- Create your chords (link)
- Create ghost notes
- Pick a melody pattern (ABAC, ABAB, AAAC)
- Insert your notes: Just play one note to create a rhythm, then move notes around
- Add Spice
How do you go about creating a melody for your synthwave track?
In this article, I'll break down how you can quickly whip up a catchy melody, step-by-step.
This will be especially beneficial if you're someone like me who can't play an instrument, and knows very little about music theory.
1. Create Your Chords First
I highly recommend you create your chords first before trying to write the melody.
You certain do this the other other way around, but in my experience, it's much more challenging to start with the melody.
However, top songwriters like Max Martin recommend starting with the melody first, so you might want to consider writing melodies before any instrumentation eventually...
But if you're looking for simple system to quickly crank out killer melodies, start by crafting your chords first.
By having your chords down, you now have a framework from which to build upon.
With the boundary of song key in place, it's now easier for the creativity to flow and for ideas to start coming to you.
If you want some help creating those epic, dreamy, synthwave chords, then be sure to check out my other article here.
2. Create Ghost Notes
If you don't have all of the scales memorized, then creating ghost notes can be incredibly helpful.
If you don't know, ghost notes are notes that will highlight in your piano roll all the notes that are available to you in a given scale/key.
This way, all you have to do is draw in your notes on any of the highlighted ghost notes and everything should at least sound decent together.
How to create Ghost Notes In Logic Pro X
To create ghost notes, you'll want to an instrument track, and then just delete the instrument so that the track doesn't play anything.
Then, you'll want to draw in all of the notes for your particular scale across all of the octaves, and then loop that section out.
From there, you can then create a second track (the one that you'll be writing on) and add an empty MIDI region.
Then, with your new track selected, you'll want to select both MIDI sections so both are highlighted.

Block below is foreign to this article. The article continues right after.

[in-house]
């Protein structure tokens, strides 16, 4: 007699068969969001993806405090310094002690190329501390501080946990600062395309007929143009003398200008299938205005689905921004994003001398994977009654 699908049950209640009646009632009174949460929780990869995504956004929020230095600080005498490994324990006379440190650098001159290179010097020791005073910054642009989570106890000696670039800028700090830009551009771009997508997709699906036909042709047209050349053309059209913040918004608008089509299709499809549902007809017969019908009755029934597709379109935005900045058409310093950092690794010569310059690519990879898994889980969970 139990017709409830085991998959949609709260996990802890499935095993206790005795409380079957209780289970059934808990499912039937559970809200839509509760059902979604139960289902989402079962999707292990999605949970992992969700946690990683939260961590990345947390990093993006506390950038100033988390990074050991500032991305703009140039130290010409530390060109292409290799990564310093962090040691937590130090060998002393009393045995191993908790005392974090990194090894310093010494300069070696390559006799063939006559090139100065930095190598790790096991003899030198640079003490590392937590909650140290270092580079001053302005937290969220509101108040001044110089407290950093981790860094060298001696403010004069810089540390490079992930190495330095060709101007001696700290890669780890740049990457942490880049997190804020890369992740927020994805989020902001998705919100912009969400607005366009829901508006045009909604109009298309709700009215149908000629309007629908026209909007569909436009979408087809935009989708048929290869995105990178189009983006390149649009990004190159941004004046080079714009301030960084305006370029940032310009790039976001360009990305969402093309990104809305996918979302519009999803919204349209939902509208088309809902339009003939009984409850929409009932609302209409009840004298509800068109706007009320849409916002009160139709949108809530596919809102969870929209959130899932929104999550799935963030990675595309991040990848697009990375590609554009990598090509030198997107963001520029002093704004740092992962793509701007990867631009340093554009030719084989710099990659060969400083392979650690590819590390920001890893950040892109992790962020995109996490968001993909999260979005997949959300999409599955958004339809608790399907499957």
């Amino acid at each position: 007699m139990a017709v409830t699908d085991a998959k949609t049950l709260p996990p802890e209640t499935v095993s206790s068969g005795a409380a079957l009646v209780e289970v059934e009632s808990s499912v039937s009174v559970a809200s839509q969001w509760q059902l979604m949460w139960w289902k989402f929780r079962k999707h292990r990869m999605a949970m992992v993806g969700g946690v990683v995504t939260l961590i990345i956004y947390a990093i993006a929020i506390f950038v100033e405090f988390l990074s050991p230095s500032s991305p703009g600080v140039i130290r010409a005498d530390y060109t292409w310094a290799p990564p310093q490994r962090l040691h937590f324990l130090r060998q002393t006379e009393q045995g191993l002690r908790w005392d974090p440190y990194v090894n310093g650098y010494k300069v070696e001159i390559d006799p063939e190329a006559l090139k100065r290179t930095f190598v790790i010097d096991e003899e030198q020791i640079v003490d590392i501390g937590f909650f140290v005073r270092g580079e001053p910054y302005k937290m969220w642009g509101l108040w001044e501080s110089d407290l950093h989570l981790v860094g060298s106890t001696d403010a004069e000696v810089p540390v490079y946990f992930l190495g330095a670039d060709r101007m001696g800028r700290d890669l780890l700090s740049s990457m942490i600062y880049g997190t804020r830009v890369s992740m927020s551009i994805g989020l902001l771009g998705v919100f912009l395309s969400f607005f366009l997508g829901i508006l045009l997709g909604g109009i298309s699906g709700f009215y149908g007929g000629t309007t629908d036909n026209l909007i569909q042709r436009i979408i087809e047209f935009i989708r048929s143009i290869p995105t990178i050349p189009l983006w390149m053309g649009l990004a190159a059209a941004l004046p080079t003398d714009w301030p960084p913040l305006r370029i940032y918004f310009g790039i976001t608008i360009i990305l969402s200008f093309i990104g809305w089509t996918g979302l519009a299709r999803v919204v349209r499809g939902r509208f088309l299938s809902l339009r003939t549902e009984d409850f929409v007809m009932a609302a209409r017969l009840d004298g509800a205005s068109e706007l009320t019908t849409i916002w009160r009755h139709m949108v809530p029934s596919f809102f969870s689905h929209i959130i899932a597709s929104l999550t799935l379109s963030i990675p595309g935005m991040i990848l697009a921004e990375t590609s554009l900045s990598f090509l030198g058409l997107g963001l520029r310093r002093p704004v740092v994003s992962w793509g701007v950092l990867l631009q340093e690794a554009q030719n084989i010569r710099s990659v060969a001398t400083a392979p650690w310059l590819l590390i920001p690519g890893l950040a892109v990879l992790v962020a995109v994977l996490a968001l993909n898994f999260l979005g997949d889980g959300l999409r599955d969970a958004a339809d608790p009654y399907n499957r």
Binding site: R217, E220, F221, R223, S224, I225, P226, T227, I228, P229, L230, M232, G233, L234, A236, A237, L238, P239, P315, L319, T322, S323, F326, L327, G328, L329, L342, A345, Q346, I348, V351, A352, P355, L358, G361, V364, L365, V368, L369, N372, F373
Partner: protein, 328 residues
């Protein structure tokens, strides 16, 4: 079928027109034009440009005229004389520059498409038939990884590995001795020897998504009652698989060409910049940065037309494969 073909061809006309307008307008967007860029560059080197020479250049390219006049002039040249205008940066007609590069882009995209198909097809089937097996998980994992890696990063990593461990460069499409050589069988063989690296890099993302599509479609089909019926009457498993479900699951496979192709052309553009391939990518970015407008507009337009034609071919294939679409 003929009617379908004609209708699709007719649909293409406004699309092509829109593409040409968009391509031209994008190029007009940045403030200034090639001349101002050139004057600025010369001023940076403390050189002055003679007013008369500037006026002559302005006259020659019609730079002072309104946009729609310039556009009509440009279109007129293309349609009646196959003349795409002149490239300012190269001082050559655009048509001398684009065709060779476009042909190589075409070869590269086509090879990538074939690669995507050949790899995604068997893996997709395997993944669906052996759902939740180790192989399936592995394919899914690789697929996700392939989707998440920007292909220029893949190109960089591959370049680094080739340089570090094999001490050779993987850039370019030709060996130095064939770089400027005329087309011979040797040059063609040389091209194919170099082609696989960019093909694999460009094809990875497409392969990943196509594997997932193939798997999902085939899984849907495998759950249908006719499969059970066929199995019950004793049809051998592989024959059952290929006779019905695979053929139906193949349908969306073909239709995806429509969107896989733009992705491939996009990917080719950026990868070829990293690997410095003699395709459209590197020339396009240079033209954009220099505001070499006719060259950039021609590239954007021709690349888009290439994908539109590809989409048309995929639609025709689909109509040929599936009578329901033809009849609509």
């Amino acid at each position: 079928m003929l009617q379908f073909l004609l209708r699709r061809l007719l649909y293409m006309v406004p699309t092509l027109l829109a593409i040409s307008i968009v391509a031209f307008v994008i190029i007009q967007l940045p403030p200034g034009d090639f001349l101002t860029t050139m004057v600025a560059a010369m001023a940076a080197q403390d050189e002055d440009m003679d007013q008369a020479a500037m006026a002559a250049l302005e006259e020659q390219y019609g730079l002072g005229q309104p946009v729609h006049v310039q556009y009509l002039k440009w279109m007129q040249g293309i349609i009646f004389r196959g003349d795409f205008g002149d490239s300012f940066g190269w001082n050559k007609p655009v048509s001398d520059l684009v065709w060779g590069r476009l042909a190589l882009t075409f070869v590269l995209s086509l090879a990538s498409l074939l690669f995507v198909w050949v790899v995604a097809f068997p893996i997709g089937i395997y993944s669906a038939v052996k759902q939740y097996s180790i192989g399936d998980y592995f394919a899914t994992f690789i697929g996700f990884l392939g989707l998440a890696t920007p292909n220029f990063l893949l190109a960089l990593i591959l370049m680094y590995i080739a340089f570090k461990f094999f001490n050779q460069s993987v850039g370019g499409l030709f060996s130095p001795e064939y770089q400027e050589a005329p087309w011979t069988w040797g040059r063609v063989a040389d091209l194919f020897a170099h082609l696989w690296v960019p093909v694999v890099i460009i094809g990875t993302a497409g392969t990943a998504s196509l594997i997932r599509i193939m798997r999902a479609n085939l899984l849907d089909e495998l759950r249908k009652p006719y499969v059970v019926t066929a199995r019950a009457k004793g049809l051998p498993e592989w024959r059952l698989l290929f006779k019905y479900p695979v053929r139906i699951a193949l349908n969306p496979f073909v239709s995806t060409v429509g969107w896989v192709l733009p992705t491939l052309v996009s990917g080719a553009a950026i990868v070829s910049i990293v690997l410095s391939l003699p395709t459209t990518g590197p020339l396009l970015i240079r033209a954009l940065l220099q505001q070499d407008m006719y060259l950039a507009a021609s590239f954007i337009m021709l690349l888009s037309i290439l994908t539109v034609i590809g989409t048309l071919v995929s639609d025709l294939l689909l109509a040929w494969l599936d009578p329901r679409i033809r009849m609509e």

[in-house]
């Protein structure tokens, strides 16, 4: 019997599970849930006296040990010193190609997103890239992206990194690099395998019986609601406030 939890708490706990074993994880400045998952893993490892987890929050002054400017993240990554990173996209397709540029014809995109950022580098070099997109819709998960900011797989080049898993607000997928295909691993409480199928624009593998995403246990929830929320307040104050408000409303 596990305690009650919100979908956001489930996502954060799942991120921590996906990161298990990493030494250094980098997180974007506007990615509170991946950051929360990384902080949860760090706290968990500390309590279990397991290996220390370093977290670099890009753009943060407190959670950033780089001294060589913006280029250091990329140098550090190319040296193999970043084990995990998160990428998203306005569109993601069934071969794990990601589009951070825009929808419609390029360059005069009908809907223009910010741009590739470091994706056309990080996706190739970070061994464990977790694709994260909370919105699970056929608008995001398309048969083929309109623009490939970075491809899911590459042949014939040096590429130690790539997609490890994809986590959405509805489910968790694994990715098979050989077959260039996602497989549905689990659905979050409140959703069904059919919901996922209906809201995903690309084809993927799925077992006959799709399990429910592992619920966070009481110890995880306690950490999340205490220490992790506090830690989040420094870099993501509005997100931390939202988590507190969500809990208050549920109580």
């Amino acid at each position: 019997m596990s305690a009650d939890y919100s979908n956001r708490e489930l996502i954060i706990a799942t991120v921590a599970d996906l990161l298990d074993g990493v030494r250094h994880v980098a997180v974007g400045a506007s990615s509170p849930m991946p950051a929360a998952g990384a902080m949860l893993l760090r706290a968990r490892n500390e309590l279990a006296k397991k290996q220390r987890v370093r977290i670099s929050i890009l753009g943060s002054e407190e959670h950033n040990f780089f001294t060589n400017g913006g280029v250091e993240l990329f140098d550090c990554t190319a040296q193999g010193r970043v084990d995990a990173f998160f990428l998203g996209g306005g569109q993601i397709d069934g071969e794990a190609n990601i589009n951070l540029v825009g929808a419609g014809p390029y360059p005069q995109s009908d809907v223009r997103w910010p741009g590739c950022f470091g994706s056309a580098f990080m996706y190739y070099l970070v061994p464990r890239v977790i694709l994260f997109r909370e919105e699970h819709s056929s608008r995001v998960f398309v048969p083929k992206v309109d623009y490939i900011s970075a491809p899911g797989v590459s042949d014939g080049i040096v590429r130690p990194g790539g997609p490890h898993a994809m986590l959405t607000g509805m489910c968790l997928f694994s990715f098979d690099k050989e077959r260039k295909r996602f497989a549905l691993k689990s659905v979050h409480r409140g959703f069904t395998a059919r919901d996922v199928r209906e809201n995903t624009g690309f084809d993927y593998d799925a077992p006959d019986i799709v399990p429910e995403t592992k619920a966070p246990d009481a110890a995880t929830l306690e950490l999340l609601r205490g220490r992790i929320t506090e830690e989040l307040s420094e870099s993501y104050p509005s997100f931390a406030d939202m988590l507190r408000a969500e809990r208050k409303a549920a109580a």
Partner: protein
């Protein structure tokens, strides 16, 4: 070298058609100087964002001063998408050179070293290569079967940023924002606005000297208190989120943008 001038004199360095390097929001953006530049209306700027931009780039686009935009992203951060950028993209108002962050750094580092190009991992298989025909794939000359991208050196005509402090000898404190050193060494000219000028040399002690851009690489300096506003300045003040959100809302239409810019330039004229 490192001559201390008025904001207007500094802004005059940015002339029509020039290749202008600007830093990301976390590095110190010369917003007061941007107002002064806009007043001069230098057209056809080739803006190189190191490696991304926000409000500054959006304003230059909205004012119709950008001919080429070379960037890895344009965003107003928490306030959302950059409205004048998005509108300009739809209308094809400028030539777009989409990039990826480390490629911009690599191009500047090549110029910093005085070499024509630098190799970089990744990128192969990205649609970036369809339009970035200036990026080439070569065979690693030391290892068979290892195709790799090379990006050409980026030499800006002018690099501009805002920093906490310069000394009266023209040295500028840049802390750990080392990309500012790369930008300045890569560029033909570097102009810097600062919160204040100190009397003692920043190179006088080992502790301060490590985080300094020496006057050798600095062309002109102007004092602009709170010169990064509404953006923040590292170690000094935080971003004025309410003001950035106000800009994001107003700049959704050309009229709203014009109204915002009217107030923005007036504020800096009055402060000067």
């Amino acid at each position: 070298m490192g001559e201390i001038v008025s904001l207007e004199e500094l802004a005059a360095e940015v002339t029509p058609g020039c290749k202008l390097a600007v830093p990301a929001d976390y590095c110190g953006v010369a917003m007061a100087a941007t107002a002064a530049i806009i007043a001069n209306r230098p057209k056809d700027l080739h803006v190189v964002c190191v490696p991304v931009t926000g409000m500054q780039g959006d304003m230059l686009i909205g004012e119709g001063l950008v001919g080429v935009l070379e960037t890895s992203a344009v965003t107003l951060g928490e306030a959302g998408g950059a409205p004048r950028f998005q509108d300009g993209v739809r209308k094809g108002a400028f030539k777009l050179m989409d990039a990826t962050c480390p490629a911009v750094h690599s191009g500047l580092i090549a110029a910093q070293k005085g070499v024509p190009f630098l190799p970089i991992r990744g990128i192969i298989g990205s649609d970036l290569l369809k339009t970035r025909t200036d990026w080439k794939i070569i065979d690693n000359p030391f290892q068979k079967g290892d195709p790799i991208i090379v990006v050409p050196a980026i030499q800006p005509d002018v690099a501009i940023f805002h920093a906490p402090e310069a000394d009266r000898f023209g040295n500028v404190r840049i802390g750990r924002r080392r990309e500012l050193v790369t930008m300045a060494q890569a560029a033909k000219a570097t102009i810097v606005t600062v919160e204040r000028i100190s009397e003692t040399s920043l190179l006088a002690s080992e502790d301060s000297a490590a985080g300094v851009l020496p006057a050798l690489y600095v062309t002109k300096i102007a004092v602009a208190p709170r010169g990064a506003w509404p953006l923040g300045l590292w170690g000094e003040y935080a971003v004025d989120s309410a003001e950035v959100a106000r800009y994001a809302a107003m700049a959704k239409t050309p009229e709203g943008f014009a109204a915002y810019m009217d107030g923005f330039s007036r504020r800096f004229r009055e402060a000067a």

Then, when you go to write in your notes in the empty MIDI region, you'll all the notes in your scale dimly lit and extending on through your piano roll.
Boom! Ghost notes!
Now you can easily drop in notes and hear what works, and what doesn't, which having to try and remember what were all the notes in your scale.
3. Pick A Melody Pattern
Now that you're set up to write your melody, you can really feasibly write whatever you want and call that a melody, and that would work.
That's the beauty of music. There isn't really a wrong way to do it.
That said, if you want to create a catchy melody that people will start randomly humming or singing at the most inopportune time, thus, giving them a craving to come back and listen to your song again...
Then you may one to employ one of the three most catchy melody patterns that we hear frequently in music today.
I'll denote the following melody patterns by using the letters "A", "B", and "C", with each letter representing a short series of notes.
In other words, each letter represents a musical motif.
What Is A Motif?
The smallest repeating structure of notes possessing a recognizable identity. A short musical phrase.
Melody Pattern #1: ABAB
This is a common melody structure, and for good reason. It's very catchy.
You simply have two musical motifs that alternate back and forth.
(By the way, shout out to Arcade High for pointing out these melody patterns).
Melody Pattern #2: AAAB
Here you have a melody pattern that is pretty repetitive, but then you have the B section which does a nice job resolving the melody.
This is a great structure because you get the catchiness that comes from the repetition, but the B section keeps it from going stale.
Melody Pattern #3: ABAC
Here you have part A, which repeats most frequently throughout the lead, alternating with a B part, and then a C melody to resolve the structure.
This is a very common pattern that you can hear in a lot of music.
You of course don't have to follow these patterns, but if you're stuck, these will work.
4. Write In Your Notes
Once you have your patterns, go ahead and start writing your notes, however it is you do that.
If you have a MIDI keyboard, then let the rhythm of the music guide you, or you could simply draw in the notes. Whatever works for you!
If you find this a challenge, you could alternatively try just hitting one key on your keyboard, and simply write down the pattern or rhythm you want the melody to follow.
Once you have that pattern down, then you can simply move the MIDI notes up and down throughout the scale until you find something you like.
5. Add Interest
The final step is optional, but it can also be the thing that takes your melody to the next level.
Simple melodies are great, but you may also want to then experiment with drawing in some extra little notes here in there throughout your melody to add interest.
Another fun way to add interest or "spice" is to apply some pitch bend automation.
As you're listening back to your melody, experiment with your pitch bend wheel on your MIDI keyboard.
Do any of the notes sound good being bent up or down? If so, record in that automation, and listen to your melody come to life.
Free Synthwave Drum Samples
You can never have too many samples, am I right?
This is especially true when it comes to synthwave samples.
Which is why I put together a FREE synthwave drum sample pack that you can download by clicking the button below!
Free Synthwave Sample Pack
Just click the button below to download 126 synthwave drum and FX samples
I hope you got value from this post on how to create a synthwave melody.
If so, feel free to share, and let me know in the comments below...